Recently a bunch of companies have been announcing home automation services and products. Google bought Nest and Apple released an SDK for OEMs. Is something really changed?
I have been thinking and discussing with some folks about platforms. Currently there are two approaches to building a platform. The first is building the runtime environment. The quintessential example is Windows OS. If you build desktop apps you use tools specifically designed for building applications on the Windows OS like Visual Basic, PowerBuilder and C++ with MFC. With the rise of the web and no browser monopoly, developers had to deal with fragmentation of the platform. The developer tools and frameworks began to become the platform. Essentially the tools hid the OS or Browser from the developer. Developers just needed to learn the framework and then deploy where the app would run. The two biggest runtime platforms today are Java and .NET. Java’s write once run everywhere captured developers attention. While Java failed on the GUI front I believe it was an implementation issue not a problem with the paradigm.
As iOS market share erodes and Android continues to fragment, developers need to tackle this problem of write once run everywhere head on. Which brings us back to the question of building a platform. The difference is that you the developer must pick what constitutes the platform. What I mean by platform is you the developer chose the OS or your tools as the platform. Neither choices is better than the other. Rather the choice defines how you develop your app and constraints that might be imposed by your choice.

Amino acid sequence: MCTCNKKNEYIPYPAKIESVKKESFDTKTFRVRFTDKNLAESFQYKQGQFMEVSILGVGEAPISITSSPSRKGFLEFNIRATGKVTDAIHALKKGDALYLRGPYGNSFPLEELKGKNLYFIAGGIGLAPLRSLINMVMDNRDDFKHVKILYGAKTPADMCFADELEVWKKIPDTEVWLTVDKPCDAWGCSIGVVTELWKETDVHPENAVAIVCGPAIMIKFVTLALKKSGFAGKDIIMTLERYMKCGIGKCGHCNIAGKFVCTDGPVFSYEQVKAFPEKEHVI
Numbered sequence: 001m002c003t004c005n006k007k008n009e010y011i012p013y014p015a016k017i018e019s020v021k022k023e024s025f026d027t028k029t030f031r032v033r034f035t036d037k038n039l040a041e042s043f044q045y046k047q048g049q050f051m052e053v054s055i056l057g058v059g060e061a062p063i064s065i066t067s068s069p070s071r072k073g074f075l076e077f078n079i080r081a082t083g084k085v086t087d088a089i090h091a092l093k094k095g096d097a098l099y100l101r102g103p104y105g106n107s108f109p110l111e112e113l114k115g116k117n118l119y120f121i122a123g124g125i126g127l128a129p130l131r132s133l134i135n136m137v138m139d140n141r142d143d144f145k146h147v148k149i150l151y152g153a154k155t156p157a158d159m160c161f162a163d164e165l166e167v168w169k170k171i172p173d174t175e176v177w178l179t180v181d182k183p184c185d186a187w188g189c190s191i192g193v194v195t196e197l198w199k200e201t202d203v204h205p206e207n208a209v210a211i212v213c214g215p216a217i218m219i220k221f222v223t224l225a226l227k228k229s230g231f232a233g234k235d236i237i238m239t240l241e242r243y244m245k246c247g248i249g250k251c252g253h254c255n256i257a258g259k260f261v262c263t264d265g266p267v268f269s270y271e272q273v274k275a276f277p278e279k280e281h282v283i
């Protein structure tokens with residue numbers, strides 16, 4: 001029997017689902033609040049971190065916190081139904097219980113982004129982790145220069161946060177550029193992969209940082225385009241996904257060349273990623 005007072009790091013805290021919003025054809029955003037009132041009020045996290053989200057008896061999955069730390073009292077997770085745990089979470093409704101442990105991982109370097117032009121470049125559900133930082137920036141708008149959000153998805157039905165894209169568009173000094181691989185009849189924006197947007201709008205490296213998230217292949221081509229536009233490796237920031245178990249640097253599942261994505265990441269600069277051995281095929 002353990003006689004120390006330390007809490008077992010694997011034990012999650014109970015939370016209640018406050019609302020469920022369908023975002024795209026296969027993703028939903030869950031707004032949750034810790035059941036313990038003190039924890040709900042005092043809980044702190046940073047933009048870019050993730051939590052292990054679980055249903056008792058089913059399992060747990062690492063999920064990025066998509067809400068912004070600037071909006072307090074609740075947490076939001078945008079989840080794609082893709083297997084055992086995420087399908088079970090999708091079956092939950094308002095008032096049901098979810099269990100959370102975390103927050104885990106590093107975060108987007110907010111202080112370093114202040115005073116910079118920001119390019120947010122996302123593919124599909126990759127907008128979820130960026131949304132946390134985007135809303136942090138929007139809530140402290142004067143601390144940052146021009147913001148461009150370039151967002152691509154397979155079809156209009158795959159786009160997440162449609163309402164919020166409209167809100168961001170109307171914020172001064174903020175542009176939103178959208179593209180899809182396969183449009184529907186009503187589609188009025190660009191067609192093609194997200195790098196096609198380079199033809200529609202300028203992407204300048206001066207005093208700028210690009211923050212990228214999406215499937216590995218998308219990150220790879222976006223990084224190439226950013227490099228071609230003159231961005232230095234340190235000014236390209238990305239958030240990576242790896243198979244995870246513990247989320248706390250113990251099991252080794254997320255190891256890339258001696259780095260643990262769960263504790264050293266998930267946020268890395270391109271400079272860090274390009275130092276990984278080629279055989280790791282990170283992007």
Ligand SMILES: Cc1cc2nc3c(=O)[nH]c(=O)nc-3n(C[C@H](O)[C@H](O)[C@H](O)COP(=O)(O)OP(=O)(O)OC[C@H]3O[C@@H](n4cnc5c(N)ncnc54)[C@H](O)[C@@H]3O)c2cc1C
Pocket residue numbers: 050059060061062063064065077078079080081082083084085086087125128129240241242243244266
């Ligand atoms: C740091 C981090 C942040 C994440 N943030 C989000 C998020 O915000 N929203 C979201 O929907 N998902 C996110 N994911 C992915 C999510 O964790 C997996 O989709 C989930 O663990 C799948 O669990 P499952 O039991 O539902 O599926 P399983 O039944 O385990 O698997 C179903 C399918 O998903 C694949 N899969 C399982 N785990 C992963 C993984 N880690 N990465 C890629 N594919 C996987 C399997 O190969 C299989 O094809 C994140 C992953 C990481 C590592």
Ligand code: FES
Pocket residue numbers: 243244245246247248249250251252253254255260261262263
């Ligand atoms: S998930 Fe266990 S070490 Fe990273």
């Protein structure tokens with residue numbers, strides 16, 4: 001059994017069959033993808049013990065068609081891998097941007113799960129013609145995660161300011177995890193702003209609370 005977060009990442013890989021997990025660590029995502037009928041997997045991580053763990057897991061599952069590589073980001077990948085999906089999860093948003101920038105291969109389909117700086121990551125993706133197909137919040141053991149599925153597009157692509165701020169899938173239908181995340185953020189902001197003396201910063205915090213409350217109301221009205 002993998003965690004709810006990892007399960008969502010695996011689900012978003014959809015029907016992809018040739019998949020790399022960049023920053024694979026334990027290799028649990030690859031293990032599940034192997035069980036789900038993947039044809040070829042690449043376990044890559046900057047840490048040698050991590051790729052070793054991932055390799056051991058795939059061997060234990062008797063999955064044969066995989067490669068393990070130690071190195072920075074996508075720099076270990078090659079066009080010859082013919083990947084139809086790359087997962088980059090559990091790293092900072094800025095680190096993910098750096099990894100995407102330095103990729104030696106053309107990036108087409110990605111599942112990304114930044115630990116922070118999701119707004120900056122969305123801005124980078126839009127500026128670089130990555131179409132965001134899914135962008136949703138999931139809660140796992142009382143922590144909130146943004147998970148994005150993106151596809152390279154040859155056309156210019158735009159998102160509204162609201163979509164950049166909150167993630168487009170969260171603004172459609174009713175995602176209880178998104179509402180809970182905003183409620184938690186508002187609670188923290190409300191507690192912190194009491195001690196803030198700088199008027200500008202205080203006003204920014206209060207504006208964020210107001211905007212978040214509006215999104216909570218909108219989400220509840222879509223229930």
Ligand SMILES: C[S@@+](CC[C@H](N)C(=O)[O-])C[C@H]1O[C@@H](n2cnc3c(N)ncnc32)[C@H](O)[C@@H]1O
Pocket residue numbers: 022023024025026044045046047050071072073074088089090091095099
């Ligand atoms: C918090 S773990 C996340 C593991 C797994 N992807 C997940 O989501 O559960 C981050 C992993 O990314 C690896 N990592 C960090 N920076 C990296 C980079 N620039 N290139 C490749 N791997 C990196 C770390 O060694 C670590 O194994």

Last week I saw Embarcadero announcing a new version of Delphi. It also included the ability to write iOS and Mac Apps. Being a big believer in cross platform development I had to try it out.
One of the things I have always wanted to do was write the Mobile LOB Accelerator as multi-device application. One of the things that has held me back is the lack of ADO.NET in Silverlight. Yes I know I can use a lot of database implementations for Silverlight. The problem is that I have yet to find a way to spoof in ADO.NET. I would like a class library that device specific UI then consumes. Ah but how about a web site with device specific UI. This is very doable.
Box.net has released a beta to access your files on Box.net using your iPhone. To get to it just go to http://i.box.net on your iPhone. You can share files to your iPhone. Currently you can upload files from your iPhone.
I had been furiously working on a project for a client the last couple of weeks. However, I managed to squeeze in some time to play with my new iPhone. Ok the price dropped and my Nano is old... that's my story and I am sticking to it. I did poke around the Internet and found out about iTunesMobileDevice API. Then I got real lucky since I am a .Net and VS2008 user. I found a C# Wrapper in Google Code. So what can you do with the API - read on.
Today I can confirm that the free iUnlock software reported by Engadget does work. An unnamed source (no not me) unlocked their new iPhone. It is now running on T-Mobile. In addition, the person in question did not have to activate their phone on AT&T before unlocking it. They did update their phone to the 1.0.2 firmware before doing the unlock. Let see price cut on the iPhone, unlock software so I can use the phone on any GSM/EDGE carrier - time to buy more Apple stock.
As a rule I do not give commentary on a company's business moves. However, I just have to say that the cut in the iPhone price is a good thing. Although I am disappointed that Job's gave in to early adopters who paid top dollar. Hey you knew the price and many said they would pay more so stop your whining. In technology it is a fact of life. And if you bought the phone in the last 12 days go get your price difference refund which is a standard policy.